“We be­lieve this could be a detri­ment when at­tempt­ing to gain reg­u­la­to­ry ap­proval as the man­u­fac­tur­ing process may not be uni­form and tighter re­lease spec­i­fi­ca­tions for vac­cines are gen­er­al­ly pre­ferred,” he wrote.

Man­u­fac­tur­ing had been a boon for As­traZeneca in com­par­i­son to its ear­ly mR­NA-based vac­cine com­peti­tors from Pfiz­er and Mod­er­na. For one, As­traZeneca’s shot can be stored and dis­trib­uted in­def­i­nite­ly at room tem­per­a­ture while Pfiz­er’s shot, in par­tic­u­lar, re­quires stren­u­ous cold-chain lo­gis­tics that could make it hard to dis­trib­ute in de­vel­op­ing coun­tries.

With those ques­tions in mind, In­dia’s big no is both an im­me­di­ate sur­prise — the coun­try and its vac­cine gi­ant, the Serum In­sti­tute of In­dia, have been churn­ing out mil­lions of dos­es of the shot for lo­cal and in­ter­na­tion­al use — but could be a sign of things to come as As­traZeneca faces rolling re­view in the EU, UK and else­where.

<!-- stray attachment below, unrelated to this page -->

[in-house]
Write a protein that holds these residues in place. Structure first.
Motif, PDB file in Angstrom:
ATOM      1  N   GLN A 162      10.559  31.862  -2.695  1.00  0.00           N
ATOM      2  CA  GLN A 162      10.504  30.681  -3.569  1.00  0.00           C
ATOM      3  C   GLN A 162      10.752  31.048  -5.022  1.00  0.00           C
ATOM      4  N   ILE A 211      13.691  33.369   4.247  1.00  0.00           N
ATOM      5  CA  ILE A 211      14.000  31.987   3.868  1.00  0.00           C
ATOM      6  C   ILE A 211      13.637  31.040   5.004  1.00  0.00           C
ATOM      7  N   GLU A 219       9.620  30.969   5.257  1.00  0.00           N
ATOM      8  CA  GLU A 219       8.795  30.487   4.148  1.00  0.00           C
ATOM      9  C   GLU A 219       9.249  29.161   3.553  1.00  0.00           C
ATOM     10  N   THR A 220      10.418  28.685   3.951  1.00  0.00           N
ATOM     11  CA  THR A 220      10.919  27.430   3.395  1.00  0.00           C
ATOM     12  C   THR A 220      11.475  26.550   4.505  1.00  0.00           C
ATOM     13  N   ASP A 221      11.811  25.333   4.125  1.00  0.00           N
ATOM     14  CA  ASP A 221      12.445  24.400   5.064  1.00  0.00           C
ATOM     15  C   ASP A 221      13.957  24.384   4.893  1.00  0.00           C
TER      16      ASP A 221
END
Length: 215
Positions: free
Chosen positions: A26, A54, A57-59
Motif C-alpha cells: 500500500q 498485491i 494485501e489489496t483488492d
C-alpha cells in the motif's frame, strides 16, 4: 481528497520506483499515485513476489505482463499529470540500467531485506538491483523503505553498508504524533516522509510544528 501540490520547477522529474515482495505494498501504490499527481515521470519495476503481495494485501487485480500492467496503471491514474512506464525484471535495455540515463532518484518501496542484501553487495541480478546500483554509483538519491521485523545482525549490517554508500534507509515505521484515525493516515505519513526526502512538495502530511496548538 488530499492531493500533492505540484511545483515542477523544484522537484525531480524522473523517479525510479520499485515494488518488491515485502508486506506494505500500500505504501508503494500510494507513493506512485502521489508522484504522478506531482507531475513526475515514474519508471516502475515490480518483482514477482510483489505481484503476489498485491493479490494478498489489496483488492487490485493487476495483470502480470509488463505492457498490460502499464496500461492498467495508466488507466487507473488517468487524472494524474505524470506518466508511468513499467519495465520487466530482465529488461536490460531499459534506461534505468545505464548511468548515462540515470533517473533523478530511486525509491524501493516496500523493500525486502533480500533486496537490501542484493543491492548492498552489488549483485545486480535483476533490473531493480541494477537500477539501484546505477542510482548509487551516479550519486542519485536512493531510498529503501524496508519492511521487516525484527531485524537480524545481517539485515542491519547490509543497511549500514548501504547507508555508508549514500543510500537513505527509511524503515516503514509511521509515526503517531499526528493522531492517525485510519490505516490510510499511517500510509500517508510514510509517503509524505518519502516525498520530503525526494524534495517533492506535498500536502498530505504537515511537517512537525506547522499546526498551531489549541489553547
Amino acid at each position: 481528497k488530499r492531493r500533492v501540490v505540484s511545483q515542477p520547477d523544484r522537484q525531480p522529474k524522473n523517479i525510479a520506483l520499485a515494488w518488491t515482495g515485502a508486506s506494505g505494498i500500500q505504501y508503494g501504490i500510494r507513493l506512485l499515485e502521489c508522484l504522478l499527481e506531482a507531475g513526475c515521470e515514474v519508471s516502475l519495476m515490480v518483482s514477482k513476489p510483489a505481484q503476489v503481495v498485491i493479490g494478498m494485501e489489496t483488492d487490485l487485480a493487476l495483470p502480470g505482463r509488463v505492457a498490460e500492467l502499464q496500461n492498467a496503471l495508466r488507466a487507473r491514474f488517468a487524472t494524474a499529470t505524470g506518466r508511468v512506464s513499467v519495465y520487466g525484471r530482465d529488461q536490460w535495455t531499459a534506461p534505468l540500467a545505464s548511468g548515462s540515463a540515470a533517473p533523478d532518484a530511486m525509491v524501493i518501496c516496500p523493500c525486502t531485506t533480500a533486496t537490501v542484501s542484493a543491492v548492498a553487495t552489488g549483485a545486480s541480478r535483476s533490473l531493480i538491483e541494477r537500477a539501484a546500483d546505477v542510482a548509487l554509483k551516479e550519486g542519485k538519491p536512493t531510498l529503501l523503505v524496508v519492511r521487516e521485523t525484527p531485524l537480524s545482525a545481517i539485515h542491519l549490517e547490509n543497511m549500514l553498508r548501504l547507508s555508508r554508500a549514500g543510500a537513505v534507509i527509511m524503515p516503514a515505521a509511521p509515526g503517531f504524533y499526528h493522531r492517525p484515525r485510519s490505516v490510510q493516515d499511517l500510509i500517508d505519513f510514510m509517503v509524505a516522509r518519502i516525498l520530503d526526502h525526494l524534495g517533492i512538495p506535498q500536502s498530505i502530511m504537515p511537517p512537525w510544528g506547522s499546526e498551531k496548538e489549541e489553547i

The drug­mak­er on Tues­day said it was still await­ing US da­ta and would with­hold an FDA fil­ing in the mean­time.

As­traZeneca can al­so lean on its rel­a­tive­ly clean safe­ty pro­file — one of the high­lights from its Lancet pub­li­ca­tion. Across four pooled stud­ies en­com­pass­ing 20,000 pa­tients, As­traZeneca’s vac­cine saw 79 se­vere events com­pared with 89 events in the con­trol arms. As­traZeneca re­port­ed three cas­es of trans­verse myelitis, which caus­es swelling in the spinal cord, two of which were deemed un­re­lat­ed to the vac­cine.